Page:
Phyllis Cohen Stevens
Deputy Director, News Services
WHITE LANDSCAPE: DRAWINGS BY JIN LEE
--Korean-Born New York Artist Conveys Nature’s Evolutionary Energies,
via Organic Images;
On Exhibition at the Queens College Art Center Feb.7- March 28 --
|Exhibition Dates: ||Thursday, February 7 – Friday, March 28, 2008 |
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|Where: ||The Queens College Art Center |
(part of the Kupferberg Center for the Arts
6th floor, Benjamin S. Rosenthal Library
65-30 Kissena Boulevard, Flushing, NY
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|Gallery Talk and Reception: ||Thursday, February 7, 2008, 5 - 6 pm |
Reception, 6 - 8 pm
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|Gallery Hours: ||Mondays - Thursdays, 9 am - 8 pm |
Fridays, 9 am - 5 pm
(Closed February 12 and 18;
open March 24 from 9 am - 5 pm)
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|Gallery Contacts: ||For more info: (718) 997-3770 |
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|Fee: ||Free and open to the public |
FLUSHING, NY, January 24, 2008 – White Landscape, a series of semi-abstract images in which Korean-born, New York-based artist Jin Lee conveys nature’s evolutionary energies, will be on display at the Queens College Art Center from Thursday, February 7 through Friday, March 28. On Thursday, February 7, the public is invited to a free gallery talk by the artist from 5 to 6 pm. A reception will follow until 8 pm. For more information, please visit http://qcpages.qc.cuny.edu/Library/art/calendar.html.
The exhibition is part of Queens College’s participation in Focus the Nation, a national educational initiative aimed at raising awareness about climate change and global warming, and Crossing the BLVD: strangers, neighbors, aliens in a new America, a collaborative project of the Kupferberg Center for the Arts.
|Jin Lee |
White Landscape 2
In White Landscape, Jin Lee plays with the idea that life forms develop in unexpected ways. Her intricate, semi-abstract paintings and drawings—often composed from thousands of tiny, dot-like marks—appear to be growing and changing as one observes them. Simultaneously microscopic and cosmically huge, these imaginary biomorphic structures suggest undiscovered plants and animals.
“I abstract images from life forms,” says Lee. “I draw and magnify them in order to maximize the fullness of life. My work is an act of see(d)ing. Every piece starts with one dot, which sprouts and becomes various kinds of line and form, and gives birth to another dot, which is full of energy—becoming, growing, moving, mutating and multiplying.”
Repetitive as it is, this work holds tremendous meaning for the artist. “Drawing is my way of recording the passage of time,” Lee comments. “The process and the accumulation of the time and labor are important to me. In every stage, I try to play with freedom and tension, order and chaos, contraction and explosion, in turns or at the same time. The contradictory qualities make exciting rhythms in my work, as they do in life.” Born and raised in Korea, Lee lived in Philadelphia before settling in the New York area. She earned a BFA at Seoul National University and an MFA at Pratt Institute in Brooklyn. Like her education, her career has spanned Asia and North America. Lee has had one-person exhibitions in Seoul and at Steuben West Gallery and A Taste of Art Gallery in New York, and has been included in numerous group shows in Korea and the United States. She won the Jurors’ Award from Fox Gallery in Philadelphia in 2004, was Artist-in-Residence at the Vermont Studio Center in 2005, and held a residency at the New York-based arts group Chashama in 2006; next year, she will have an exhibition at the Delaware Center for the Contemporary Arts. Lee’s work has been discussed in NY Arts magazine, The New York Times, The Montclair Times, Cleveland’s The Plain Dealer, and the Korean publications Misul Segae, Hangukilbo, Joongang Daily News, and Hangyore Sinmoon. She is represented in public, corporate, and private collections.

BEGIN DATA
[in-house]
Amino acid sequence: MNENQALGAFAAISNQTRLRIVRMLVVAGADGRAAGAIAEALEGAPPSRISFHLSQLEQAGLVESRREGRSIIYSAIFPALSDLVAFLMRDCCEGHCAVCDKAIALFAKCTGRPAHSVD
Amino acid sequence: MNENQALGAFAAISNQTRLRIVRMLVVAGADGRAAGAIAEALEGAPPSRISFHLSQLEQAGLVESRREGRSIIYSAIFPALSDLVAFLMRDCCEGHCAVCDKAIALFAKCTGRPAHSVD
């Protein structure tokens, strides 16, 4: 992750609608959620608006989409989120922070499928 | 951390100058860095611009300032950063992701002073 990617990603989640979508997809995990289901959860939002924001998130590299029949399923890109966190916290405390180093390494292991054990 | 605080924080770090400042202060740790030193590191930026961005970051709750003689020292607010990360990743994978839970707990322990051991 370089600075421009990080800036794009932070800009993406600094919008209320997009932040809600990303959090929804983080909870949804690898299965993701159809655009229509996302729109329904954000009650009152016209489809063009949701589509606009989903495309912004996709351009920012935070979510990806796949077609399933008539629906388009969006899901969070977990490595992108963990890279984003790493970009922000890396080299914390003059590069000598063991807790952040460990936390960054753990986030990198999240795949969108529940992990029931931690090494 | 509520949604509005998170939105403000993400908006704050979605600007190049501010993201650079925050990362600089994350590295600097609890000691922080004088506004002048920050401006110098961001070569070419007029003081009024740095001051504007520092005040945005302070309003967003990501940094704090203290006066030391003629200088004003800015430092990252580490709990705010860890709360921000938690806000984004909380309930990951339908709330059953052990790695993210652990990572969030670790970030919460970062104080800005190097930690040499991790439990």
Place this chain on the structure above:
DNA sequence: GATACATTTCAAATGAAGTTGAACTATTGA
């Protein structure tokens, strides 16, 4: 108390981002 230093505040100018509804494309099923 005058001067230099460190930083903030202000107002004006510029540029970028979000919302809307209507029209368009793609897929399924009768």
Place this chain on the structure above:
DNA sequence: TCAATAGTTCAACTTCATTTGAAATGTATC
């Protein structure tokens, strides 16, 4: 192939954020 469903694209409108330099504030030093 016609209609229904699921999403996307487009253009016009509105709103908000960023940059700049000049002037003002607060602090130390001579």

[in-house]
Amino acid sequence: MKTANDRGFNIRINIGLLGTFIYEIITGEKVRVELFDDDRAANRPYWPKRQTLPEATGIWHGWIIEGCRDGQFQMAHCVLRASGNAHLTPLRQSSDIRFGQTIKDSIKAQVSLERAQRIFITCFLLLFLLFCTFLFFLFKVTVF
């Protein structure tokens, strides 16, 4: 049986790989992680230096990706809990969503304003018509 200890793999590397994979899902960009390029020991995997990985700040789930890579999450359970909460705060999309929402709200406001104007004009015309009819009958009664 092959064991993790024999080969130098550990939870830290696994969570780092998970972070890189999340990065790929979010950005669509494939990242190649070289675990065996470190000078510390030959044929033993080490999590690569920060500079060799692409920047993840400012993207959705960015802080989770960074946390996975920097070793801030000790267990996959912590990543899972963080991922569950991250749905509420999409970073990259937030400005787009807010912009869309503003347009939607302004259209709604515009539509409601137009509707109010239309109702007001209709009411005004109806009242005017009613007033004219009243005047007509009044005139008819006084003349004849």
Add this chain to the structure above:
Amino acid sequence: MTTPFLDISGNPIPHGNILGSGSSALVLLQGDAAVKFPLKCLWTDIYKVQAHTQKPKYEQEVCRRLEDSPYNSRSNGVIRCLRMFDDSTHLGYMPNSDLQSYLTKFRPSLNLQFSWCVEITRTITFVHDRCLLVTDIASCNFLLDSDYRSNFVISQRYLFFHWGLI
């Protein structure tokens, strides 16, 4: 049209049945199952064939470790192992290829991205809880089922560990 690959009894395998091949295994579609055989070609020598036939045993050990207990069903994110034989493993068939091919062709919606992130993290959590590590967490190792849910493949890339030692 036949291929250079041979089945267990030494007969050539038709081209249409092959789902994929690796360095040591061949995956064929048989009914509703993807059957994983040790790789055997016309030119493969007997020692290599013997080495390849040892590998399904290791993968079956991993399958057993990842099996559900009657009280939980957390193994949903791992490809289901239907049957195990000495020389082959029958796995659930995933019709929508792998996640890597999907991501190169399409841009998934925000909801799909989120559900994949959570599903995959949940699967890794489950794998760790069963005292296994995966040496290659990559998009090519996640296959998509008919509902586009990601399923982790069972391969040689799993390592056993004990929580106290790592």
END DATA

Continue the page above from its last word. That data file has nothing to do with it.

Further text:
Photographs as well as biographical and sales information are available upon request.
Visitors to the Jin Lee exhibition may also want to see Crossing the BLVD: strangers, neighbors, aliens in a new America at the Godwin-Ternbach Museum on campus (February 4–June 28, 2008). For information, please visit www.qc.cuny.edu/godwin_ternbach.
For directions to Queens College, go to www.qc.cuny.edu/about/directions.php.
For a Campus Map, go to http://www.qc.cuny.edu/Map/new See RO building (Benjamin S. Rosenthal Library).
The Queens College Art Center, founded in 1987, succeeds the Queens College Art Library gallery established in 1960. In more than 200 exhibitions to date, the Art Center has shown masters like Alice Neel, Joseph Cornell, and Elizabeth Catlett, and introduced scores of artists from around the globe. Focusing on modern and contemporary programming expressive of the best art of our time, this display space presents the works of emerging and established artists in diverse media. Art Center exhibitions support the educational and cultural objectives of Queens College. The shared goal of the Queens College Art Center and of the Godwin-Ternbach Museum at Queens College is to provide the means for participating in and upholding a democratic society through learning, adaptation, and critical thinking.